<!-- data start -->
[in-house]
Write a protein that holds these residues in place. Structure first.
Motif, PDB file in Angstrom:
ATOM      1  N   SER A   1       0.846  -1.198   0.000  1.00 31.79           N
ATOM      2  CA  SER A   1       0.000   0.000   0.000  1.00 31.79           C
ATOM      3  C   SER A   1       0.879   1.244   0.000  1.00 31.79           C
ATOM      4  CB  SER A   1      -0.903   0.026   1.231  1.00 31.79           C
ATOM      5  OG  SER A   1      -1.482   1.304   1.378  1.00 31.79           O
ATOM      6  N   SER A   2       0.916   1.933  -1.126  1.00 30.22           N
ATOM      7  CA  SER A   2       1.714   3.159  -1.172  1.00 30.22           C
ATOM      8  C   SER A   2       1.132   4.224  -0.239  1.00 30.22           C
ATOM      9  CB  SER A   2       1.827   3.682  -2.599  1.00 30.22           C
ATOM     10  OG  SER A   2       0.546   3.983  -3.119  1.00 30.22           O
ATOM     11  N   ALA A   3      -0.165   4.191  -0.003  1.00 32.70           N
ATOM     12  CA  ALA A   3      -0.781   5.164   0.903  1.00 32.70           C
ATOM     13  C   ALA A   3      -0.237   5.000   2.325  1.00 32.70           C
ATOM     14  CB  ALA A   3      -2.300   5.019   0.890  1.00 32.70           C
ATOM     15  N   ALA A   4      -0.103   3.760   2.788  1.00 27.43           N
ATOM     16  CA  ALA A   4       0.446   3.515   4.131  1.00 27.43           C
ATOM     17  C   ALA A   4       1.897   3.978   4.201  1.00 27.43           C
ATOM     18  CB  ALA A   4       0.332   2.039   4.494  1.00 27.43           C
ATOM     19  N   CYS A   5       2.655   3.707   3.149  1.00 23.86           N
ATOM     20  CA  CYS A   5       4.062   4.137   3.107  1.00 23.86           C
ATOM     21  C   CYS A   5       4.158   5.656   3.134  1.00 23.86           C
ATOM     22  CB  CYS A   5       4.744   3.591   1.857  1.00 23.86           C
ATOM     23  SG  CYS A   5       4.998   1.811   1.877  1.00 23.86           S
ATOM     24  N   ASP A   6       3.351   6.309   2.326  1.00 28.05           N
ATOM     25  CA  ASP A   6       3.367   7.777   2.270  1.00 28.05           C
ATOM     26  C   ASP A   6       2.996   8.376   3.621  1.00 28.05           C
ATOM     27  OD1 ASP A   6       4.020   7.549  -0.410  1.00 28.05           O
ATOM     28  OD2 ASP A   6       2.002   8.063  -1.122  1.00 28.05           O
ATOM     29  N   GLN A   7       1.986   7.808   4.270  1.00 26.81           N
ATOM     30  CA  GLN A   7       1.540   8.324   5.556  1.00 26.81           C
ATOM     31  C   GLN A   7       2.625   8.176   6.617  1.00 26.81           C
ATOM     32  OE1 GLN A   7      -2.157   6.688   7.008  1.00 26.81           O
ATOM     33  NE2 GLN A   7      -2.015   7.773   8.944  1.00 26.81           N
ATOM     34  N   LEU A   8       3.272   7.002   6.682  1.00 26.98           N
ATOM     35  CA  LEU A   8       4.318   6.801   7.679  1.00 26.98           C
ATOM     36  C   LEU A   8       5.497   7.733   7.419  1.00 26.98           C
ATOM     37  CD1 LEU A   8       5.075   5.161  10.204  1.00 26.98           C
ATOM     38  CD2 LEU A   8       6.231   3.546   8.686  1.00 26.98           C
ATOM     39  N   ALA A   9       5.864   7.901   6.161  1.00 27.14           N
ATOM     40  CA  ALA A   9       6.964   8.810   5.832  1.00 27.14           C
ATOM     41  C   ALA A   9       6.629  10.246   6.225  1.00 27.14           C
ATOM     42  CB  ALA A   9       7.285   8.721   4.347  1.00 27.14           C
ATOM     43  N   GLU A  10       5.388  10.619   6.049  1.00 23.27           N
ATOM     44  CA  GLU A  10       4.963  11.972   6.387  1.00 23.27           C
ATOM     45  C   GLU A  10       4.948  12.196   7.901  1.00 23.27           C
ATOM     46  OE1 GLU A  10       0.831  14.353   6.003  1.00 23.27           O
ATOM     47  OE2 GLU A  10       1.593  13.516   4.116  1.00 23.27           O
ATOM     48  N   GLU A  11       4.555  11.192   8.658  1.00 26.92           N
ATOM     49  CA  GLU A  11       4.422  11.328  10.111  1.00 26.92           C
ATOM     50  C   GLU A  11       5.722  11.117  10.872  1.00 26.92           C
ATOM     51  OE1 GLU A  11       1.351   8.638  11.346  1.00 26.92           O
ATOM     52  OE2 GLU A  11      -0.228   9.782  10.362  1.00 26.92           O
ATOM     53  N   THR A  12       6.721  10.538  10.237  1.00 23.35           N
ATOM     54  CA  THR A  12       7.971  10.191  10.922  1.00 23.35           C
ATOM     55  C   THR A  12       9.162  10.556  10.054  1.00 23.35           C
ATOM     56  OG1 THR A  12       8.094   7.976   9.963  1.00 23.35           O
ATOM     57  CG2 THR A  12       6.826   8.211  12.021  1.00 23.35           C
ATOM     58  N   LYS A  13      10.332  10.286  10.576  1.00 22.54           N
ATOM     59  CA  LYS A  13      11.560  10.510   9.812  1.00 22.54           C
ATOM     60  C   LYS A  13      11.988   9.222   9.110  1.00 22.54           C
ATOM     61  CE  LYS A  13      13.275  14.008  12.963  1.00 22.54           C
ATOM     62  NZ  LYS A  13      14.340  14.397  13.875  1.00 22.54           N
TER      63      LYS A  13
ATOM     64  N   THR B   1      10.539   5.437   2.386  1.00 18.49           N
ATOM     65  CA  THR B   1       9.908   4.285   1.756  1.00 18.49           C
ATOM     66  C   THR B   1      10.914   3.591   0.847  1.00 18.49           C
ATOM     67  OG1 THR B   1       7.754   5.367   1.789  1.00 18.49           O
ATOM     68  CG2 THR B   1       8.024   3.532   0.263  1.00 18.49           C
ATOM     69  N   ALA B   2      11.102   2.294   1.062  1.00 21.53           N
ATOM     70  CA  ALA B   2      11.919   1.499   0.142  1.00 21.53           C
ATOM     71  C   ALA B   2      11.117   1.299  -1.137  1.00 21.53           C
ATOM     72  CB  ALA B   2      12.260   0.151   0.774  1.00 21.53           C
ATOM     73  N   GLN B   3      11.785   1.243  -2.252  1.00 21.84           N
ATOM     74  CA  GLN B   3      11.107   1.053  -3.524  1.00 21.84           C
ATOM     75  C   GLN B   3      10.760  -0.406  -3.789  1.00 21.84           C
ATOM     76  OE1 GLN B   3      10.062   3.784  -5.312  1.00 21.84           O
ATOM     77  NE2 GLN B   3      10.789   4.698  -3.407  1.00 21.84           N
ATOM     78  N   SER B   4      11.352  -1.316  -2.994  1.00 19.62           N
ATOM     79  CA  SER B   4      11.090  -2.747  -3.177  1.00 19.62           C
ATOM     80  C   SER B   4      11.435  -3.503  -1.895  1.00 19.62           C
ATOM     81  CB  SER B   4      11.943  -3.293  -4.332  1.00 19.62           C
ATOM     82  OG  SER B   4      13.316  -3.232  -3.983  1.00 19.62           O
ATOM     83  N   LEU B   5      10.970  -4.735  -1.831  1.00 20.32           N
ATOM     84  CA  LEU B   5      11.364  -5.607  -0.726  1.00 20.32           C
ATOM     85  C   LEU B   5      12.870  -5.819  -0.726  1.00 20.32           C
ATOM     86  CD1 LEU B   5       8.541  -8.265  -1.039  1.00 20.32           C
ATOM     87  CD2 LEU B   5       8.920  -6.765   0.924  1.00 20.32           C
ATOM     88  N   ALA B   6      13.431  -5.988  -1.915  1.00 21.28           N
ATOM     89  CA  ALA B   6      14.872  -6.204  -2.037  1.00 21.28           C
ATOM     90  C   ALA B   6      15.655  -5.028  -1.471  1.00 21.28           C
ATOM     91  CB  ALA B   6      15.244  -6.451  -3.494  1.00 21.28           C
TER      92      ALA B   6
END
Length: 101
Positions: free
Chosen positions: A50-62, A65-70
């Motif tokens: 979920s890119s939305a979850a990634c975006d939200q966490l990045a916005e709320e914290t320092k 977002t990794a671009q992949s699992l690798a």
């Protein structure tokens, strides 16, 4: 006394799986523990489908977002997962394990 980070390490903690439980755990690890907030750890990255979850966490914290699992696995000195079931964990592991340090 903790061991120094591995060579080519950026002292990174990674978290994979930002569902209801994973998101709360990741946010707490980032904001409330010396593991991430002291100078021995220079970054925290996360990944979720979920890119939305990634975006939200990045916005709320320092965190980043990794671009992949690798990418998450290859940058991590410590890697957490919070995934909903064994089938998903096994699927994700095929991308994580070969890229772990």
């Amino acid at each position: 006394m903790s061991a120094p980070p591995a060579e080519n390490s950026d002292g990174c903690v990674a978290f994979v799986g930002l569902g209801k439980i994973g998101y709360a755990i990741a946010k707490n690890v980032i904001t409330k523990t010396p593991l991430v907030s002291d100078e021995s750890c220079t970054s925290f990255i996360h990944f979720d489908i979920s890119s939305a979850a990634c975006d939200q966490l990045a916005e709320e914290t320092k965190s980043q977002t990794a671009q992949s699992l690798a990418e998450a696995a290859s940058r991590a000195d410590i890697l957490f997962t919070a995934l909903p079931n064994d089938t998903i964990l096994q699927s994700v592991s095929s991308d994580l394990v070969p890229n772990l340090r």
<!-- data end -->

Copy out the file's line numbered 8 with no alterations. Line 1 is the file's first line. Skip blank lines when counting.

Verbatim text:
ATOM      5  OG  SER A   1      -1.482   1.304   1.378  1.00 31.79           O